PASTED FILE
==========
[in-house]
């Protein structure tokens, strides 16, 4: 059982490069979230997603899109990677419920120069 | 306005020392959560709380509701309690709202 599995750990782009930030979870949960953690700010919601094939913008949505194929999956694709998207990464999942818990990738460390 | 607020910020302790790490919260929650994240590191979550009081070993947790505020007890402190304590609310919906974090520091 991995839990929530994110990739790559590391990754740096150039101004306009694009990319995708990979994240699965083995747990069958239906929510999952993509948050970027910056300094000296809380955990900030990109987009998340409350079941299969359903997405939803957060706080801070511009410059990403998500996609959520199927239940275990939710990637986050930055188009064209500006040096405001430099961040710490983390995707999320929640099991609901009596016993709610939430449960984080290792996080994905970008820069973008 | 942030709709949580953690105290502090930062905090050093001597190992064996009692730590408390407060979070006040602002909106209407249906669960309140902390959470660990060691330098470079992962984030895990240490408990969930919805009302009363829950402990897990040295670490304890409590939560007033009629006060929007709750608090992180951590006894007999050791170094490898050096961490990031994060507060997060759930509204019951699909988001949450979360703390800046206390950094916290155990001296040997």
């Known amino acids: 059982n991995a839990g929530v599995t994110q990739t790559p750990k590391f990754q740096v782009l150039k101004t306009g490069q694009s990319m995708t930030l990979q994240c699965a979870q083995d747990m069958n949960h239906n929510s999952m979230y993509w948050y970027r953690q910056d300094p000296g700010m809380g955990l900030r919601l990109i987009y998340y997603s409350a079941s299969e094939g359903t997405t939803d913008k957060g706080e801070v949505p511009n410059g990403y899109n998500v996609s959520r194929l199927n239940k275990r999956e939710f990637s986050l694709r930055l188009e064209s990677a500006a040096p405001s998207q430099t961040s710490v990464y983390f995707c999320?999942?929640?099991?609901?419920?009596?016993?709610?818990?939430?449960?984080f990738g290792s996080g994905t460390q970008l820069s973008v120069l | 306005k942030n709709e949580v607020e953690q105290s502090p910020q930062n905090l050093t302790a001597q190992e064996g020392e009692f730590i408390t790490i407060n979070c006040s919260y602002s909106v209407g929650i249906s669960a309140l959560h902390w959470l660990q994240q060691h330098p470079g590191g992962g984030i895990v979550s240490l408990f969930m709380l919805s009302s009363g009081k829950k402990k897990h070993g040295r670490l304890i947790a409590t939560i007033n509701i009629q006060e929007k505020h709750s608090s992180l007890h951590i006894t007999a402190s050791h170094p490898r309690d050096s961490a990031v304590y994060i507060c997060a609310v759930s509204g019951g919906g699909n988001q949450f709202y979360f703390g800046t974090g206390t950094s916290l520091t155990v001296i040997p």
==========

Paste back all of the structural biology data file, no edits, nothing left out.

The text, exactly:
[in-house]
């Protein structure tokens, strides 16, 4: 059982490069979230997603899109990677419920120069 | 306005020392959560709380509701309690709202 599995750990782009930030979870949960953690700010919601094939913008949505194929999956694709998207990464999942818990990738460390 | 607020910020302790790490919260929650994240590191979550009081070993947790505020007890402190304590609310919906974090520091 991995839990929530994110990739790559590391990754740096150039101004306009694009990319995708990979994240699965083995747990069958239906929510999952993509948050970027910056300094000296809380955990900030990109987009998340409350079941299969359903997405939803957060706080801070511009410059990403998500996609959520199927239940275990939710990637986050930055188009064209500006040096405001430099961040710490983390995707999320929640099991609901009596016993709610939430449960984080290792996080994905970008820069973008 | 942030709709949580953690105290502090930062905090050093001597190992064996009692730590408390407060979070006040602002909106209407249906669960309140902390959470660990060691330098470079992962984030895990240490408990969930919805009302009363829950402990897990040295670490304890409590939560007033009629006060929007709750608090992180951590006894007999050791170094490898050096961490990031994060507060997060759930509204019951699909988001949450979360703390800046206390950094916290155990001296040997």
């Known amino acids: 059982n991995a839990g929530v599995t994110q990739t790559p750990k590391f990754q740096v782009l150039k101004t306009g490069q694009s990319m995708t930030l990979q994240c699965a979870q083995d747990m069958n949960h239906n929510s999952m979230y993509w948050y970027r953690q910056d300094p000296g700010m809380g955990l900030r919601l990109i987009y998340y997603s409350a079941s299969e094939g359903t997405t939803d913008k957060g706080e801070v949505p511009n410059g990403y899109n998500v996609s959520r194929l199927n239940k275990r999956e939710f990637s986050l694709r930055l188009e064209s990677a500006a040096p405001s998207q430099t961040s710490v990464y983390f995707c999320?999942?929640?099991?609901?419920?009596?016993?709610?818990?939430?449960?984080f990738g290792s996080g994905t460390q970008l820069s973008v120069l | 306005k942030n709709e949580v607020e953690q105290s502090p910020q930062n905090l050093t302790a001597q190992e064996g020392e009692f730590i408390t790490i407060n979070c006040s919260y602002s909106v209407g929650i249906s669960a309140l959560h902390w959470l660990q994240q060691h330098p470079g590191g992962g984030i895990v979550s240490l408990f969930m709380l919805s009302s009363g009081k829950k402990k897990h070993g040295r670490l304890i947790a409590t939560i007033n509701i009629q006060e929007k505020h709750s608090s992180l007890h951590i006894t007999a402190s050791h170094p490898r309690d050096s961490a990031v304590y994060i507060c997060a609310v759930s509204g019951g919906g699909n988001q949450f709202y979360f703390g800046t974090g206390t950094s916290l520091t155990v001296i040997p």